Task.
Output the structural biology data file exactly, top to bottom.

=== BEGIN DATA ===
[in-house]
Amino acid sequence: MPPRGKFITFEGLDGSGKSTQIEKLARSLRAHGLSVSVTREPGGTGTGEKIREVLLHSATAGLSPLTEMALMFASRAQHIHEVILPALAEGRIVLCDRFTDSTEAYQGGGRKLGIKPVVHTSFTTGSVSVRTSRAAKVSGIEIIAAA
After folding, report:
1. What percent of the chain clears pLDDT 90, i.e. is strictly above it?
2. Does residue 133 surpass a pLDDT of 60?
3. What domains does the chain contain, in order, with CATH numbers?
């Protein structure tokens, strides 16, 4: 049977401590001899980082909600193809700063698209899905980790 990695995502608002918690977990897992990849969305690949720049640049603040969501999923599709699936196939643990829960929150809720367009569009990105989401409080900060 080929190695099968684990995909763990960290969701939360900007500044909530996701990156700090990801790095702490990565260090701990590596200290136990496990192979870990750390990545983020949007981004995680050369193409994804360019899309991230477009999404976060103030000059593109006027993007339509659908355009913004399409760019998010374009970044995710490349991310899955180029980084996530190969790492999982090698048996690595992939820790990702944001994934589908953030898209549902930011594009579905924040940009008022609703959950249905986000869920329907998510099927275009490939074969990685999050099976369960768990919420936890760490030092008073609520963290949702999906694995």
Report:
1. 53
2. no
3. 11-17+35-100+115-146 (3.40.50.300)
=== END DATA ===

[in-house]
Amino acid sequence: MPPRGKFITFEGLDGSGKSTQIEKLARSLRAHGLSVSVTREPGGTGTGEKIREVLLHSATAGLSPLTEMALMFASRAQHIHEVILPALAEGRIVLCDRFTDSTEAYQGGGRKLGIKPVVHTSFTTGSVSVRTSRAAKVSGIEIIAAA
After folding, report:
1. What percent of the chain clears pLDDT 90, i.e. is strictly above it?
2. Does residue 133 surpass a pLDDT of 60?
3. What domains does the chain contain, in order, with CATH numbers?
């Protein structure tokens, strides 16, 4: 049977401590001899980082909600193809700063698209899905980790 990695995502608002918690977990897992990849969305690949720049640049603040969501999923599709699936196939643990829960929150809720367009569009990105989401409080900060 080929190695099968684990995909763990960290969701939360900007500044909530996701990156700090990801790095702490990565260090701990590596200290136990496990192979870990750390990545983020949007981004995680050369193409994804360019899309991230477009999404976060103030000059593109006027993007339509659908355009913004399409760019998010374009970044995710490349991310899955180029980084996530190969790492999982090698048996690595992939820790990702944001994934589908953030898209549902930011594009579905924040940009008022609703959950249905986000869920329907998510099927275009490939074969990685999050099976369960768990919420936890760490030092008073609520963290949702999906694995």
Report:
1. 53
2. no
3. 11-17+35-100+115-146 (3.40.50.300)